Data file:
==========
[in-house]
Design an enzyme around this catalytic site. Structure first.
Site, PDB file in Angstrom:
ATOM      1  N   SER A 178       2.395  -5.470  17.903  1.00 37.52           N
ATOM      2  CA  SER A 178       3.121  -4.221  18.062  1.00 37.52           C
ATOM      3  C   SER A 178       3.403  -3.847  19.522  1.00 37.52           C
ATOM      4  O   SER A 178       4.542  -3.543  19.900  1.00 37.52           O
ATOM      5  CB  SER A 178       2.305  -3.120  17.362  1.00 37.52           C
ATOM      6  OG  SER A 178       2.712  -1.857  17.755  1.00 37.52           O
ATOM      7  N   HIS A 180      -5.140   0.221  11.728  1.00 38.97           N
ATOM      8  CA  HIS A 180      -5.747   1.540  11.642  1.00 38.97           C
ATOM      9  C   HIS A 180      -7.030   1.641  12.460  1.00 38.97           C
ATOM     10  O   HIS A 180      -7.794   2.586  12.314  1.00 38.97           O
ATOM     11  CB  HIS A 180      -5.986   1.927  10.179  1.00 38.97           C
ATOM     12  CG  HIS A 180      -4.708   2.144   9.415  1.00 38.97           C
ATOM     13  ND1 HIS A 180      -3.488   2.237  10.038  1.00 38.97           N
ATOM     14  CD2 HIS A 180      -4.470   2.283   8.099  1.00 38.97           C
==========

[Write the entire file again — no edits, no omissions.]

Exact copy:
[in-house]
Design an enzyme around this catalytic site. Structure first.
Site, PDB file in Angstrom:
ATOM      1  N   SER A 178       2.395  -5.470  17.903  1.00 37.52           N
ATOM      2  CA  SER A 178       3.121  -4.221  18.062  1.00 37.52           C
ATOM      3  C   SER A 178       3.403  -3.847  19.522  1.00 37.52           C
ATOM      4  O   SER A 178       4.542  -3.543  19.900  1.00 37.52           O
ATOM      5  CB  SER A 178       2.305  -3.120  17.362  1.00 37.52           C
ATOM      6  OG  SER A 178       2.712  -1.857  17.755  1.00 37.52           O
ATOM      7  N   HIS A 180      -5.140   0.221  11.728  1.00 38.97           N
ATOM      8  CA  HIS A 180      -5.747   1.540  11.642  1.00 38.97           C
ATOM      9  C   HIS A 180      -7.030   1.641  12.460  1.00 38.97           C
ATOM     10  O   HIS A 180      -7.794   2.586  12.314  1.00 38.97           O
ATOM     11  CB  HIS A 180      -5.986   1.927  10.179  1.00 38.97           C
ATOM     12  CG  HIS A 180      -4.708   2.144   9.415  1.00 38.97           C
ATOM     13  ND1 HIS A 180      -3.488   2.237  10.038  1.00 38.97           N
ATOM     14  CD2 HIS A 180      -4.470   2.283   8.099  1.00 38.97           C